“Today, receiving my Baby Borg, it was another thing of making it real,” Ericsson said. “It’s not a dream. It’s reality. To get the Baby Borg and bring it home. My girlfriend, Iris, and I are house hunting, looking for a house in Indianapolis. It will definitely have a very special place in our new home.”

Marcus Ericsson and girlfriend Iris Tritsaris Jondahlc share a kiss at the Baby Borg presentation (Mike Levitt/LAT Images/BorgWarner).

Ericsson told NBC Sports his most cherished trophy before getting his Baby Borg was for his first NTT IndyCar Series win in the Chevrolet Detroit Grand Prix in 2021.

“It was such a huge win for me and such a huge breakthrough for me and my career,” he said. “After that, it catapulted me into a top driver in IndyCar.”

The Brickyard win was another level for Ericsson, who moved to Ganassi in 2020.

“Marcus kept himself in the race all day,” Chip Ganassi Racing managing director Mike Hull told NBC Sports. “Anybody that ran a race like Marcus ran, maybe you deserve the race win, but you don’t always get it. Marcus did everything that it took, and we are really, really proud of him.”

Ericsson also proved last year to be one of the best oval drivers in the series, a much different form of racing than he experienced until he came to the United States.

“Racing in Europe and around the world, I always liked high-speed corners,” he explained. “It was always my favorite. I always had this idea if I go to IndyCar and race on the ovals, it is something that would suit me and my driving style. I was always excited to try that. When I came to IndyCar and started to drive on ovals, I liked it straight away. It worked for me and my style.

“The first few attempts at Indy, I had good speed, but it was always some small mistakes that got me out of contention. I learned from them. I’m very proud I was able to pull it off, but it was a lot of hard work behind that.”

Michelle Collins of BorgWarner presented Baby Borgs to Marcus Ericsson and Chip Ganassi at a ceremony also attended by Chip Ganassi Racing managing director Mike Hull (Mike Levitt/LAT Images/BorgWarner).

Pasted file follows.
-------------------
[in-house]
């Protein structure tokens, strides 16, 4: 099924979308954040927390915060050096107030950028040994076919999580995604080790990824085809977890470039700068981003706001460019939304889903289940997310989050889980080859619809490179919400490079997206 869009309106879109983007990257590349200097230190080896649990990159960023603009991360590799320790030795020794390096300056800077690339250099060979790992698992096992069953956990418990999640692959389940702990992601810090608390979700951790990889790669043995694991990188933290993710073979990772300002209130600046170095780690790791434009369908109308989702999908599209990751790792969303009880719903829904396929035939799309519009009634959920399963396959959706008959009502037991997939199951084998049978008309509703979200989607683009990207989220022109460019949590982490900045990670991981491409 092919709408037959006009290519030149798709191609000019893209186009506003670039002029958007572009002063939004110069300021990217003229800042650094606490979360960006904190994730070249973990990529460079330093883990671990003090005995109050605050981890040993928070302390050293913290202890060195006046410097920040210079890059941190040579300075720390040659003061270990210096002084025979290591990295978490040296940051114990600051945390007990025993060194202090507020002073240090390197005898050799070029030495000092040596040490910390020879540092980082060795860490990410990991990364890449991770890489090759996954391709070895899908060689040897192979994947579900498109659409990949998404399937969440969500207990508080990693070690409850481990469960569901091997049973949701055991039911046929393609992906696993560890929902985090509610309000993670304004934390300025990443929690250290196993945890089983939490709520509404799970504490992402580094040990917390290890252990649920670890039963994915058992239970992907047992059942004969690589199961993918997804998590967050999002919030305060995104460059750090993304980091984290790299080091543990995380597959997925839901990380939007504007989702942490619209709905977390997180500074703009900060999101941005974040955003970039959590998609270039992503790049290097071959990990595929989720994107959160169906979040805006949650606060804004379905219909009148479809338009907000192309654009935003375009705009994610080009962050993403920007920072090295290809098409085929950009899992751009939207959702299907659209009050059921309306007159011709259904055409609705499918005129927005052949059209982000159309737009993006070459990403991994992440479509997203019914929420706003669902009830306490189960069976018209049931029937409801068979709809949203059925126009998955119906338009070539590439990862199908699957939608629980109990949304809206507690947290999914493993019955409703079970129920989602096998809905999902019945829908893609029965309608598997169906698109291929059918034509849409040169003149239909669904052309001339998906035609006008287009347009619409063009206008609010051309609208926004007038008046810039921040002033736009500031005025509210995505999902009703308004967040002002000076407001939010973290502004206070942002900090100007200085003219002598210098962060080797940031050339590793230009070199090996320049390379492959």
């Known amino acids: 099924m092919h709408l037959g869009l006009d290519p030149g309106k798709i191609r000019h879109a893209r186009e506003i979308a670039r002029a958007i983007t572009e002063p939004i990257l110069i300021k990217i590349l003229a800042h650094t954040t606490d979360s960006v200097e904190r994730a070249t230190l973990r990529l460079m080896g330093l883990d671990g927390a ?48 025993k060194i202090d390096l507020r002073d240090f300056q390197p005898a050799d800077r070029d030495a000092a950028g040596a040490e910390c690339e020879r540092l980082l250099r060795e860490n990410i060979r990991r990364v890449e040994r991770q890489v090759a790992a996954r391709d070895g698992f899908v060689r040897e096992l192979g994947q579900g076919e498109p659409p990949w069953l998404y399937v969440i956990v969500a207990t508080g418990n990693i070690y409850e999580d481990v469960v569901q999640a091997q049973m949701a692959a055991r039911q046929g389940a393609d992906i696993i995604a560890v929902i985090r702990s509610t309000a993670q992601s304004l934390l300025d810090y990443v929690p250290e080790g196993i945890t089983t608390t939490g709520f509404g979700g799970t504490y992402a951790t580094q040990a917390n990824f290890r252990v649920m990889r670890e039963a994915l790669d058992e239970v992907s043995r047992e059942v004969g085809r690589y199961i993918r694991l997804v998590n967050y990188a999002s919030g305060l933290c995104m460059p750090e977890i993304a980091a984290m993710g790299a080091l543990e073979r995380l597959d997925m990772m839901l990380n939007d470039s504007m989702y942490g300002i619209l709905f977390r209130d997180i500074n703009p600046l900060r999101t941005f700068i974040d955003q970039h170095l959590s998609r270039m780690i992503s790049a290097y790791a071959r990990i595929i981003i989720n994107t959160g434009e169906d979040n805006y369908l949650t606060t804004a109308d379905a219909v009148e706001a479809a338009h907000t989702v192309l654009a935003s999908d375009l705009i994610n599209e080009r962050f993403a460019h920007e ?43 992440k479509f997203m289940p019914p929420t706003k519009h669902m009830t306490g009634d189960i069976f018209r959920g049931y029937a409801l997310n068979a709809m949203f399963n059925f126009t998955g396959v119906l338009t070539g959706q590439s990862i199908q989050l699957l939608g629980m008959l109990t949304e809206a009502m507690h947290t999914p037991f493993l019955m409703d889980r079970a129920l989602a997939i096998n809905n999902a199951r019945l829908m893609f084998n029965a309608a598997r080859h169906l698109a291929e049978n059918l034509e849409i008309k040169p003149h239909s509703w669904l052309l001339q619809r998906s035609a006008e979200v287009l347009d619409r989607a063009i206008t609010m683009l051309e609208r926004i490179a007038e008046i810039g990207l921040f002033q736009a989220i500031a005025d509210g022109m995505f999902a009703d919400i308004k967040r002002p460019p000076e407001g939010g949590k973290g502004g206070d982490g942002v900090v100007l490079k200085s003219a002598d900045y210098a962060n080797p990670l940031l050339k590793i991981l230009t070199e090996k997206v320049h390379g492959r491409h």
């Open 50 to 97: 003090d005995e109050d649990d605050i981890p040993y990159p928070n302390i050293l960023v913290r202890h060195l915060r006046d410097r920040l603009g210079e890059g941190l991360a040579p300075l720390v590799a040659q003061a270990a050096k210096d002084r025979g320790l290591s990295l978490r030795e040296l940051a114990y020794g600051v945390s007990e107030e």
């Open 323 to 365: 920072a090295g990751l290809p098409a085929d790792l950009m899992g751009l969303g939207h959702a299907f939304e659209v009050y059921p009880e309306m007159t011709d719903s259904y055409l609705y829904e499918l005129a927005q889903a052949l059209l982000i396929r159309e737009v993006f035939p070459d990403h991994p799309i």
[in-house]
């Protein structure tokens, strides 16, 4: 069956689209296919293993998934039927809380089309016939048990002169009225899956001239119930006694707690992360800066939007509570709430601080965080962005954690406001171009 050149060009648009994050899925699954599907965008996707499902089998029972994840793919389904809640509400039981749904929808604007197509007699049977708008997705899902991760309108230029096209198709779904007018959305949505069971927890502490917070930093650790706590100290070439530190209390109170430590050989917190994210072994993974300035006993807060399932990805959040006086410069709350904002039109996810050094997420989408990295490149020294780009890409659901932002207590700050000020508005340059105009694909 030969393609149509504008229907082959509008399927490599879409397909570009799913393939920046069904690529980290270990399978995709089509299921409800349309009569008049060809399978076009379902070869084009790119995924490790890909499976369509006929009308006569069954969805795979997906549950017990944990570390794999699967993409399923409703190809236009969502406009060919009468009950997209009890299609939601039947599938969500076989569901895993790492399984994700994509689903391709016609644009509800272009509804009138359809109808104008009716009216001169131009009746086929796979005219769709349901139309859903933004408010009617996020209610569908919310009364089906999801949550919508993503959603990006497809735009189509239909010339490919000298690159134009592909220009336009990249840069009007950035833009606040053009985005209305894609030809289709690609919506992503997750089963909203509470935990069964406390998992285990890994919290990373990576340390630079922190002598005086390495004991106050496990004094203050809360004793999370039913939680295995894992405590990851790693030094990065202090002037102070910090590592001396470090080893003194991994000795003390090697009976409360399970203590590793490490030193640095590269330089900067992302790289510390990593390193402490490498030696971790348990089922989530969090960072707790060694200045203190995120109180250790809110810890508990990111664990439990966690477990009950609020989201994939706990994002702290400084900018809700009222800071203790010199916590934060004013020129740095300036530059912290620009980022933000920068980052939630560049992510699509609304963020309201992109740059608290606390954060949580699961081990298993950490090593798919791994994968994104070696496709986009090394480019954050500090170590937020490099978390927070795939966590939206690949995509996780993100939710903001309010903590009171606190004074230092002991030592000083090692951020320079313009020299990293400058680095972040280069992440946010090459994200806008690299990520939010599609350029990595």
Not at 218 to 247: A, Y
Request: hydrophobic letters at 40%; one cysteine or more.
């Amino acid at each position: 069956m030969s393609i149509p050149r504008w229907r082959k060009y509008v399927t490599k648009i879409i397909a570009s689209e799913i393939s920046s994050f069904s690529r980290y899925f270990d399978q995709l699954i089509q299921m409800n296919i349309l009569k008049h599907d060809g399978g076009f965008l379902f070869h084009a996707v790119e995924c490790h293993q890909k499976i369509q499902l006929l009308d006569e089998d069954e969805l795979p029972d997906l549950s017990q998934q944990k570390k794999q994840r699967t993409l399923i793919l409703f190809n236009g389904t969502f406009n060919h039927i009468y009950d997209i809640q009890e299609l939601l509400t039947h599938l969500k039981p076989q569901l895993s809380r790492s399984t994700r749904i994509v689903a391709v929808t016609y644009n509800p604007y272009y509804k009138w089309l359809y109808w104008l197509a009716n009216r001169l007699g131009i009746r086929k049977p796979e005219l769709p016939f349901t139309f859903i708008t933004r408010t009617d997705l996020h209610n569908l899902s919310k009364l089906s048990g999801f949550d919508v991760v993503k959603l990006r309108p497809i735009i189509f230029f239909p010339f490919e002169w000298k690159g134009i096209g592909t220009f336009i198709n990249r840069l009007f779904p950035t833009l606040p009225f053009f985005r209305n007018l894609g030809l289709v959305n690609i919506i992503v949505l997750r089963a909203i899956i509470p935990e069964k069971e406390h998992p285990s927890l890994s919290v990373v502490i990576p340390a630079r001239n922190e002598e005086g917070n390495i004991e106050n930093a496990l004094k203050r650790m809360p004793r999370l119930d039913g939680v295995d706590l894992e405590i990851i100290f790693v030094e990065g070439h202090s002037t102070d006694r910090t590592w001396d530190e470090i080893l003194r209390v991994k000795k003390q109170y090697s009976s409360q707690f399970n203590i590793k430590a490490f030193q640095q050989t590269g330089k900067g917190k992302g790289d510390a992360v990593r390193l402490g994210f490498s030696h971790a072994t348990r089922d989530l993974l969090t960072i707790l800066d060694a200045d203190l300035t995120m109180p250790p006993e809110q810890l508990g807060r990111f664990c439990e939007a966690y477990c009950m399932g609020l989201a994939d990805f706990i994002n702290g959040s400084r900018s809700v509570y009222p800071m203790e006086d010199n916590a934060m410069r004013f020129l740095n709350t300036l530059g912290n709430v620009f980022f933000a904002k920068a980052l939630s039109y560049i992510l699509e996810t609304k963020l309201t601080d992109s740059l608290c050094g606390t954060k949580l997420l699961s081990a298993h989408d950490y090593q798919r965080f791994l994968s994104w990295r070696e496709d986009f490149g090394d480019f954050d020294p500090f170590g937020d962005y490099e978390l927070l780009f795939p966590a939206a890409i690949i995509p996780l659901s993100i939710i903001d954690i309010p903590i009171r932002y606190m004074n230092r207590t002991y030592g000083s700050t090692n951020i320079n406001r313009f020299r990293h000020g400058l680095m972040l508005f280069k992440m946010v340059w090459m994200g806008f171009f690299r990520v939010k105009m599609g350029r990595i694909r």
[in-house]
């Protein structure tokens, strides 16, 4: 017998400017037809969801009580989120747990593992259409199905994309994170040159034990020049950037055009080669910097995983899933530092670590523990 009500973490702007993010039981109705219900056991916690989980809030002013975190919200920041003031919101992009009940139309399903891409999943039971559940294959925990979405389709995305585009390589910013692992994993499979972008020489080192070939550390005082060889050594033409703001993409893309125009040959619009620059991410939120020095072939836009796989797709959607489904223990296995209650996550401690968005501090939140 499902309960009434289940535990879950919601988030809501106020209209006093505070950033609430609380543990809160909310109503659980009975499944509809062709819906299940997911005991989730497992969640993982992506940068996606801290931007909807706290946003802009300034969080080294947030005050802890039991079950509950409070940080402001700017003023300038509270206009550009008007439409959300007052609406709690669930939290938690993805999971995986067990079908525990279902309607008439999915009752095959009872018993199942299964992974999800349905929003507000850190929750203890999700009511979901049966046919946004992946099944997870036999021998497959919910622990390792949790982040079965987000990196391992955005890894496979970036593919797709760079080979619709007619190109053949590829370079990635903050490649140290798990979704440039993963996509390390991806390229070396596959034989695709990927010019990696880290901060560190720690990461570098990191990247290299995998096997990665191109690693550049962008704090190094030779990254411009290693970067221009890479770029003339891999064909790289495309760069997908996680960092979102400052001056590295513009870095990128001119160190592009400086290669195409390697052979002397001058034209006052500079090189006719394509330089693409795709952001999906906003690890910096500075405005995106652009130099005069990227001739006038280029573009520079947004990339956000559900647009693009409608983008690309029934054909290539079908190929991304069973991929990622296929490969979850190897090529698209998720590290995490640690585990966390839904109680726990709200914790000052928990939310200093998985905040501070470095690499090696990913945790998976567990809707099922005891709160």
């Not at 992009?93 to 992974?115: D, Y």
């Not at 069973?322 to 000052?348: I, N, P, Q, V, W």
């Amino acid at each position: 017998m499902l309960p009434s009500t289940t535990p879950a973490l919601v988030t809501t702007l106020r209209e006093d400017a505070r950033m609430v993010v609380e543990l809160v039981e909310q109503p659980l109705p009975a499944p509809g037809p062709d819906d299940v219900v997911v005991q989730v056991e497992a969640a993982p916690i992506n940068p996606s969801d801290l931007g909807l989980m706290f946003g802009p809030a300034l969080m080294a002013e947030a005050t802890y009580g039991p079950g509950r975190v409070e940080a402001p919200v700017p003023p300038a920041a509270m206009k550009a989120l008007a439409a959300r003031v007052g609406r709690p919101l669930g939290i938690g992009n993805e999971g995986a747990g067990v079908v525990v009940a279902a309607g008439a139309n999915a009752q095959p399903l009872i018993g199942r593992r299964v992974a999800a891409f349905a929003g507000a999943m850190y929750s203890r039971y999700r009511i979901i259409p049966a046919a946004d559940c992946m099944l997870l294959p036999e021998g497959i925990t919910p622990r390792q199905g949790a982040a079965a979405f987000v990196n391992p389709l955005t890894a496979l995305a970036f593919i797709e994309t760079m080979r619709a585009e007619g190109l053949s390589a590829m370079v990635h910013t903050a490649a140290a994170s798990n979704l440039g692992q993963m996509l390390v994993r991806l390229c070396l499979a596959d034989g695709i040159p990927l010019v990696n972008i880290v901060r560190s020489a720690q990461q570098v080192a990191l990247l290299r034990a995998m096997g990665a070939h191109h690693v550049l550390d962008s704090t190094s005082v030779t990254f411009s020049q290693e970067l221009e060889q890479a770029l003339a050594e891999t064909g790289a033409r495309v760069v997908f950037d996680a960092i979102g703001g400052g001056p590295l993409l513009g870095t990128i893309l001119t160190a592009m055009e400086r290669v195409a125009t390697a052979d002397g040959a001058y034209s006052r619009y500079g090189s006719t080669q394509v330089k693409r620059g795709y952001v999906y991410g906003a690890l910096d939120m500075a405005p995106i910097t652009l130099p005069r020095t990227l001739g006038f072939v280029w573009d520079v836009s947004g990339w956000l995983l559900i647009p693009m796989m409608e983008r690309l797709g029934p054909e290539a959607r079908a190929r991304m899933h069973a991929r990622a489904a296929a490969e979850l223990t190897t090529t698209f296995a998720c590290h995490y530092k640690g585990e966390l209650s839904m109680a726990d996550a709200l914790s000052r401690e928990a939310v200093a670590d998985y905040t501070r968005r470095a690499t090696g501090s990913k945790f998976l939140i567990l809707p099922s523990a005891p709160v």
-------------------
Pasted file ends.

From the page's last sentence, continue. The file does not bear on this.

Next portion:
The victory in the Indianapolis 500 is etched in history, as is Ericsson’s face on the trophy.

“It’s such a special thing,” the driver said. “The BorgWarner people and IndyCar and everyone at IMS, I get to experience so many cool things since winning the Indy 500. It’s a win that keeps on giving. It never ends. It still does.

“I can’t wait to get back to Indianapolis, the month of May, as the champion. I still have to pinch myself. It’s a dream, for sure.”

Ganassi doesn’t have to pinch himself — all he needs to do is look at his collection of Baby Borgs.

His first Indy 500 win — as a team co-owner with Pat Patrick — came in 1989 with Emerson Fittipaldi’s thrilling duel against Al Unser Jr.

In 1990, Ganassi formed Chip Ganassi Racing. Juan Pablo Montoya won the Indianapolis 500 in 2000, Scott Dixon in 2008, Dario Franchitti in 2010 and 2012 and Ericsson in 2022.

“It’s a feather in the team’s cap for sure just to have our representation on the Borg-Warner Trophy with five other drivers,” Ganassi said. “It’s a testament to the team, a testament to Mike Hull that runs the team in Indianapolis. I just feel really lucky to be a part of it. It’s great to work with a great team of great people.

“Just to relive that moment again and again never gets old; never goes away. I’m really lucky to be in the position I’m in. It’s an honor to represent the team with the great people that it took to bring Marcus across the finish line. He and I get to celebrate events like this, but it’s really about the people at Chip Ganassi Racing in Indianapolis that pull this all together.”

Follow Bruce Martin on Twitter at @BruceMartin_500